I use /srv for web server content and /var for general content.
To me, /var implies generated content. I'll use in /var for text processing (before importing to a database or something), but I always use /srv for server-side components (i.e.. py,php). In 20 years, I've never used /var/www/html. Aside from being too hidden for my tastes, it's dishonest as I don't serve HTML files; I serve generated content that may or may not be related to HTML. That's not to mention that some packages will simply enact eminent domain on it. Just avoid it.
Above all: do NOT create another directory in your /. That is an absolutely insane idea. Never do this. / is sacred. Tread lightly for you are on holy ground.
Having said that, you mentioned packages; this is usually what /usr/local is for. You might find that stuff just gets installed there anyway. /usr/share is anohter popular place. You might not have a choice in the matter; check to see if the packages already have a predefined location.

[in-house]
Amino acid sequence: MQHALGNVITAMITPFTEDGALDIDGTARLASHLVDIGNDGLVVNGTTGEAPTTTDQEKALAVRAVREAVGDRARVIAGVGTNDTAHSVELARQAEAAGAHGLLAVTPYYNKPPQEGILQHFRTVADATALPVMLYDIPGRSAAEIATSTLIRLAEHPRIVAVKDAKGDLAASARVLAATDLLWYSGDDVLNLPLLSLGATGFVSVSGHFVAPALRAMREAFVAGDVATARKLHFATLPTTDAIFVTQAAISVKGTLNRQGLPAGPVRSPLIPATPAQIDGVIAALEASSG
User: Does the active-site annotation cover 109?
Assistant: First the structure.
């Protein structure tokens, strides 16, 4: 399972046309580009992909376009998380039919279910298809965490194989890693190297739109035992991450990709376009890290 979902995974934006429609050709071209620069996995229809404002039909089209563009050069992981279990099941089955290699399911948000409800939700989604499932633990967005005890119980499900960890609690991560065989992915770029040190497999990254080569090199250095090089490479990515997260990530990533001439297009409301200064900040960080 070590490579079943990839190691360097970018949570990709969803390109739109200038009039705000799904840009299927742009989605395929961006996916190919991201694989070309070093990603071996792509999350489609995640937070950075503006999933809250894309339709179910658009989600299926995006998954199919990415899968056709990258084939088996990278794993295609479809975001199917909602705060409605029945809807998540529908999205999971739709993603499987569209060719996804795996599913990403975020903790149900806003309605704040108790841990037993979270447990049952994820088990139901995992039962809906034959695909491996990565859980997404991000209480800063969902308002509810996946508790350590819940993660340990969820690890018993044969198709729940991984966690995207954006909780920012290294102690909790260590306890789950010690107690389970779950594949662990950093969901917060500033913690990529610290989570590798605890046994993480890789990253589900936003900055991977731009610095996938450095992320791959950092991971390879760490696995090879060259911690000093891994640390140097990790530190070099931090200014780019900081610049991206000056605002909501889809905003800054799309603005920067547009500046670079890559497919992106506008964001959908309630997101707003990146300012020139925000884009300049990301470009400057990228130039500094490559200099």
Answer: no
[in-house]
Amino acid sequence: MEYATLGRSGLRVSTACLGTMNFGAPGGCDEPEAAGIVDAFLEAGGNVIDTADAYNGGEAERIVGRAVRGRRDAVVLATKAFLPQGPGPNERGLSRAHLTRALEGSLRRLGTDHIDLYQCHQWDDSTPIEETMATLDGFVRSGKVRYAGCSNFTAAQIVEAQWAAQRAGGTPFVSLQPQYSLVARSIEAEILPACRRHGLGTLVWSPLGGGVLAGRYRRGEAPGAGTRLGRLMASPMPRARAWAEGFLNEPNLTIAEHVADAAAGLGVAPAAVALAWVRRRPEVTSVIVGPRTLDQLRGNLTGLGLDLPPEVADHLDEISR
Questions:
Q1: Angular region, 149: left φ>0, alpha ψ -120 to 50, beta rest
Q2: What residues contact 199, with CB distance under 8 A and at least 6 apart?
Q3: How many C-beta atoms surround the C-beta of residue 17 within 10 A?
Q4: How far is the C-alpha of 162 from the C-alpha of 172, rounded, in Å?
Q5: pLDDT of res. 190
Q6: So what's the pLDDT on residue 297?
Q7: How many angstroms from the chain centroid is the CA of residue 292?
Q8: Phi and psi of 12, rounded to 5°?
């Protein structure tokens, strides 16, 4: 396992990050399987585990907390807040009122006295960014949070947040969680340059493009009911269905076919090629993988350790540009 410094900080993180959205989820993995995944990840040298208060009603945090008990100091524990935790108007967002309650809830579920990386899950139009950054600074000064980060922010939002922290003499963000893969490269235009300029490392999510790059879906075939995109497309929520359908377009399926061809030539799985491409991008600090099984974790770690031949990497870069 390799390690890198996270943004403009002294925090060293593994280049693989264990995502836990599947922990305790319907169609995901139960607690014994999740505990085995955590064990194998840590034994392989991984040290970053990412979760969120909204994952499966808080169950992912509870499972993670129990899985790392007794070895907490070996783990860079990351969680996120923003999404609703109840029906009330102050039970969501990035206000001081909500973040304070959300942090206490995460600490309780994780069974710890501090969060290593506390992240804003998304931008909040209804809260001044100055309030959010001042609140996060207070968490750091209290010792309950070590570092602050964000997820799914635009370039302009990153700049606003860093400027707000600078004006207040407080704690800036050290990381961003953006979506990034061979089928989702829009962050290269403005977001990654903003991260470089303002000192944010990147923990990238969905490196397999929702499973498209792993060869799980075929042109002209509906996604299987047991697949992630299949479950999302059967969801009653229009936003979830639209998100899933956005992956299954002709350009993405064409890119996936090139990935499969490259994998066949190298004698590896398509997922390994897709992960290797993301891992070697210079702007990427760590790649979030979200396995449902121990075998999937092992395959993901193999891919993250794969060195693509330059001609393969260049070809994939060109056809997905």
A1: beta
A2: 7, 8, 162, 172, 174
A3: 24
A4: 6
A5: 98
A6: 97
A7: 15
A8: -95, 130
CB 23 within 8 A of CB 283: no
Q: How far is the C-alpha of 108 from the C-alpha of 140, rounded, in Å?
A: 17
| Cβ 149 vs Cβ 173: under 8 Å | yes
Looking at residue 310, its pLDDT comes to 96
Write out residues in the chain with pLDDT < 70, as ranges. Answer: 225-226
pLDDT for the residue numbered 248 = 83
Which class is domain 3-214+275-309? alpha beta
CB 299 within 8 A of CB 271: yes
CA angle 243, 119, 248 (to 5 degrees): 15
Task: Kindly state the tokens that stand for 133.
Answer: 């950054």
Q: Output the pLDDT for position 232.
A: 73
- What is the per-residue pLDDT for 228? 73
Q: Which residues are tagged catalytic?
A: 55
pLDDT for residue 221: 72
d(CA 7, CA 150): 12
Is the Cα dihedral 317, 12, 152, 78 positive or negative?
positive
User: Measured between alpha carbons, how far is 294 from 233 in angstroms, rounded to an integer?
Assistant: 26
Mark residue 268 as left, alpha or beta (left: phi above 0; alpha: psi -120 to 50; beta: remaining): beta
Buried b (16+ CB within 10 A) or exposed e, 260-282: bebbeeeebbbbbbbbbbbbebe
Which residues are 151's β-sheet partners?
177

Whatever you do, just make sure you set ownership right (example path; use /var if you want-- you have to make your own decisions):
sudo chown -R www-data:www-data /srv*
I'd suggest you look at something official: http://www.pathname.com/fhs/pub/fhs-2.3.html
Don't trust people who say "this is for this one thing and that is for that one thing" without using at least 3 paragraphs to explain it. The lines are blurred. When you read about /tmp and /var you may initially feel they are the same thing, but you'll quickly learn the real differences (especially if you're on a system that doesn't persist /tmp at all).
The FHS is very much like language where words don't so much have definitions (as one learns in primary school), but have a semantic range of meaning (as one learns in grad school). It takes time to get the feel for it. You'll have an smoother time transitioning between Debian and RedHat-based systems if you keep the semantic range in mind.